As our local schools continue to experiment with ways to utilize technology, they are receiving a big lesson in how not to do it from our giant neighbor to the north.
I’m talking about you, Los Angeles Unified. We really must thank for providing such a sterling example of not-to-be-emulated dysfunction. Your boneheaded moves would be comical if they weren’t so costly.
Here’s a quick overview of LAUSD’s iPad fiasco so far:
The district recently began rolling out its $1-billion initiative (yes, that’s billion with a “b”) to equip each of its more than 600,000 students with an iPad within a year. So far, nearly 50,000 schoolchildren have received their iPads.
Faster than you can say, “Did you really think this through?” problems began emerging. Just one week after receiving their iPads, hundreds of high school students reportedly hacked through security to reach sites such as Facebook and YouTube, prompting school officials to halt home use of the tablets while they figured out what to do next.
The hacking episode led to another revelation. School officials acknowledged that issues of liability hadn’t yet been settled. In other words, there was no clear plan for what to do or who to hold responsible should an iPad be lost, stolen or damaged.
A few days later, LAUSD reported that it was attempting to find 71 missing iPads.
Wait, it gets better. Turns out none of the LAUSD geniuses anticipated the need for students to be able to type on a keyboard instead of a touch screen. When they belatedly figured that one out, the district faced substantial additional costs for the keyboards.
The problems led LAUSD last week to begin confiscating iPads from some high school students. Meanwhile, some teachers reported problems connecting to the Internet in their classrooms.
As public outrage over the mess grew, LAUSD Supt. John Deasy defended the iPad project in a letter published last week by the Los Angeles Times. Technology is a critical factor in preparing students for the future, he wrote. He referred to the problems encountered as “glitches” and maintained that the program would continue.
In a subsequent interview, Deasy called the project “an astounding success.” Providing equal access to technology for all students is a civil rights issue, he maintained.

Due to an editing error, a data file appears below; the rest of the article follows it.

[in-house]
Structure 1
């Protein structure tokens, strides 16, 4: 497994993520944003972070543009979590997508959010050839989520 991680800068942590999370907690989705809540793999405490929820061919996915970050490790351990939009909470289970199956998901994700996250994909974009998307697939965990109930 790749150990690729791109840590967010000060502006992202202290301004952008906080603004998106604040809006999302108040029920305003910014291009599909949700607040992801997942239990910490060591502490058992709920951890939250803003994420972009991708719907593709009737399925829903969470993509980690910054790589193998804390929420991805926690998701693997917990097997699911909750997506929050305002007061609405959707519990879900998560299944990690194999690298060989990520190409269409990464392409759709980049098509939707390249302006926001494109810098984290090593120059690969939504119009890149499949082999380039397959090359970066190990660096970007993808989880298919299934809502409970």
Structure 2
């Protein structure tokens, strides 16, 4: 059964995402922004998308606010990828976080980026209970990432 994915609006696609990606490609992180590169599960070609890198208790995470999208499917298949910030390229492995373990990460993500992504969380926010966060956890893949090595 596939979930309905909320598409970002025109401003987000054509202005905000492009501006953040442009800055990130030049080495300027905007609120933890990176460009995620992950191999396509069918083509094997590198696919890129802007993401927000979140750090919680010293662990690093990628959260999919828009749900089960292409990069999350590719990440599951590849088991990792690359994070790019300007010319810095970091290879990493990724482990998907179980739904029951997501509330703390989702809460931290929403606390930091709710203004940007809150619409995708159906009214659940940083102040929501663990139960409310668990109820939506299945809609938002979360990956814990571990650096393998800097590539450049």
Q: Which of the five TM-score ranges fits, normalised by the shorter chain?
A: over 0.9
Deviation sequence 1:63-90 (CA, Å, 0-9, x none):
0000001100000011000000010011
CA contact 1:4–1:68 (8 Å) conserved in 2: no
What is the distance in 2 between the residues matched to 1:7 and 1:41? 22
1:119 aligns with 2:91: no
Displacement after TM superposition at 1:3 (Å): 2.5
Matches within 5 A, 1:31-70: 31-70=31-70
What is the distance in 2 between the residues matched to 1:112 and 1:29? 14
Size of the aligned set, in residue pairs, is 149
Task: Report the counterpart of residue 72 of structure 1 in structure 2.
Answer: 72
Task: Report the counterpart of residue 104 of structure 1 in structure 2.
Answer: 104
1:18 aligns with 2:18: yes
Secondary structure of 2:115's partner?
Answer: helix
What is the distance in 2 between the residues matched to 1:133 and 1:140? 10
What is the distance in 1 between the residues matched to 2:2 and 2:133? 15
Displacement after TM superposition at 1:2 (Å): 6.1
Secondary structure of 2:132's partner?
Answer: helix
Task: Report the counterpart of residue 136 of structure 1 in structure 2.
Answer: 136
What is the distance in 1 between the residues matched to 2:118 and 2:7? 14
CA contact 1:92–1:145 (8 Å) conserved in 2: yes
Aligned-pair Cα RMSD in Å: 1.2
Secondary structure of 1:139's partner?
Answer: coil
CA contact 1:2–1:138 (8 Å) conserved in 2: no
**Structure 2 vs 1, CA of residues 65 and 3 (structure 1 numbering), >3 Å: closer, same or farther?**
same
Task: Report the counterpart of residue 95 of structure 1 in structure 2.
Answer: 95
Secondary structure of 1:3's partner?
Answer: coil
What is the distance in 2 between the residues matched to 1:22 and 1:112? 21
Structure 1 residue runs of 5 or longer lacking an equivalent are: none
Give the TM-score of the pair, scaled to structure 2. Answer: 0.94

True enough, but the rush to get technology into our schools has raised other worrisome questions.
One area of concern is whether many schools, in trying to adapt to 21st-century technology, are losing sight of the fundamentals of good education. Snazzy new gadgets, for all their potential, are still merely tools — ones that are worthless absent strong curriculum and talented, well-trained teachers.
Whether it’s delivered by way of a state-of-the-art tablet or hand-me-down textbook, it’s content and competence that matter most.
The other big worry is financial. So far no one has completely answered the question of how schools can keep investing in up-to-date technology without risking going broke.
Last week, tiny Pacific Grove Unified School District in Monterey County said it came up with a creative way to keep paying for technology upgrades: short-term bonds approved by voters every few years, as needed, that would be dedicated to technology purchases.
Fortunately, here in the Newport-Mesa Unified School District, a cautious, pragmatic approach to technology has largely prevailed. Rather than making wholesale investments in pricey Apple products, for instance — for which the money doesn’t exist, at any rate — technology purchases made through various funding sources have mainly been of less expensive netbooks and low-end laptops.
When it comes to educational uses, “I just haven’t seen a model out there that is worth the money you put into an iPad,” said Jenith Mishne, NMUSD’s director of educational technology.
And although it’s a long-term goal of the district to ensure that all students have access to mobile computers, a more incremental approach remains the only practical option. Funding sources are often one-time deals, so the question remains: “How do we make this sustainable?” said Asim Babovic, assistant director of informational technology for the district.
“We want to have a solution, even if it takes a few years longer,” he said.
One example of that, said Alan Engard, director of information technology, is the district’s effort to bring wireless access to every classroom on every campus, which is expected to be completed within about 14 months — something LAUSD apparently failed to do before rolling out the iPads.
“We really want to make sure we have a strong foundation before we put a house on top of it,” Engard said.
Meanwhile, the biggest piece of a strong foundation — training and development programs designed to show educators how to make the most of technology’s potential — are bound to have uneven results. While some principals and teachers have embraced experimentation and welcomed additional training, others have been more resistant to change.
“That’s one of the biggest issues we face,” Mishne said.
To be sure, there are plenty of difficult issues and obstacles our schools need to resolve in the continuing quest to meld technology with education. There will be a learning curve, and mistakes will be made along the way.
But LAUSD’s iPad screwup could well become a case study for the history books in how to get it utterly, ridiculously — hopefully not irredeemably — wrong.
PATRICE APODACA is a former Newport-Mesa public school parent and former Los Angeles Times staff writer. She lives in Newport Beach.